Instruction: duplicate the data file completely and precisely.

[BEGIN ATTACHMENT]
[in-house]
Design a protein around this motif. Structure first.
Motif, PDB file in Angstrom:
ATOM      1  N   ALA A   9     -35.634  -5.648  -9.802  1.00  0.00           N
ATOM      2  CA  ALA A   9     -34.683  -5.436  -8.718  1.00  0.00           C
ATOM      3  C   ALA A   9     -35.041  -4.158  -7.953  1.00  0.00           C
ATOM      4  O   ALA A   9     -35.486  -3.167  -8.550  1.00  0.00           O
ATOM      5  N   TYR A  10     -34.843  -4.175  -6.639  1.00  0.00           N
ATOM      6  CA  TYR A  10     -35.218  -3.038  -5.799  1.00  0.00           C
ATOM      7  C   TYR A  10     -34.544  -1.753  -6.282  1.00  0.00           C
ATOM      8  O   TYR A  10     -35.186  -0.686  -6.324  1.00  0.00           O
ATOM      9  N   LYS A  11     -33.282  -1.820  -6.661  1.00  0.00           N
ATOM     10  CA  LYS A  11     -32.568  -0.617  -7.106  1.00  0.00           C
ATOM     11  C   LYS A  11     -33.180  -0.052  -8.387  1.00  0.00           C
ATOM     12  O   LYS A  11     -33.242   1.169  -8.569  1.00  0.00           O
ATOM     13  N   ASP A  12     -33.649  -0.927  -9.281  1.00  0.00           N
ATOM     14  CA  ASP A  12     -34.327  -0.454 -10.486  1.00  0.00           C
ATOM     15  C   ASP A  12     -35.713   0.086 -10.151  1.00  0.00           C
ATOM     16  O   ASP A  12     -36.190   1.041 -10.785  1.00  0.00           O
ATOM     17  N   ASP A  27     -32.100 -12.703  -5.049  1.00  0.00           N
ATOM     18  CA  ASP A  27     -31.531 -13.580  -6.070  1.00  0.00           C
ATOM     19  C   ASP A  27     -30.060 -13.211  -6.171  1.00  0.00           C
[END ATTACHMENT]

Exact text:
[in-house]
Design a protein around this motif. Structure first.
Motif, PDB file in Angstrom:
ATOM      1  N   ALA A   9     -35.634  -5.648  -9.802  1.00  0.00           N
ATOM      2  CA  ALA A   9     -34.683  -5.436  -8.718  1.00  0.00           C
ATOM      3  C   ALA A   9     -35.041  -4.158  -7.953  1.00  0.00           C
ATOM      4  O   ALA A   9     -35.486  -3.167  -8.550  1.00  0.00           O
ATOM      5  N   TYR A  10     -34.843  -4.175  -6.639  1.00  0.00           N
ATOM      6  CA  TYR A  10     -35.218  -3.038  -5.799  1.00  0.00           C
ATOM      7  C   TYR A  10     -34.544  -1.753  -6.282  1.00  0.00           C
ATOM      8  O   TYR A  10     -35.186  -0.686  -6.324  1.00  0.00           O
ATOM      9  N   LYS A  11     -33.282  -1.820  -6.661  1.00  0.00           N
ATOM     10  CA  LYS A  11     -32.568  -0.617  -7.106  1.00  0.00           C
ATOM     11  C   LYS A  11     -33.180  -0.052  -8.387  1.00  0.00           C
ATOM     12  O   LYS A  11     -33.242   1.169  -8.569  1.00  0.00           O
ATOM     13  N   ASP A  12     -33.649  -0.927  -9.281  1.00  0.00           N
ATOM     14  CA  ASP A  12     -34.327  -0.454 -10.486  1.00  0.00           C
ATOM     15  C   ASP A  12     -35.713   0.086 -10.151  1.00  0.00           C
ATOM     16  O   ASP A  12     -36.190   1.041 -10.785  1.00  0.00           O
ATOM     17  N   ASP A  27     -32.100 -12.703  -5.049  1.00  0.00           N
ATOM     18  CA  ASP A  27     -31.531 -13.580  -6.070  1.00  0.00           C
ATOM     19  C   ASP A  27     -30.060 -13.211  -6.171  1.00  0.00           C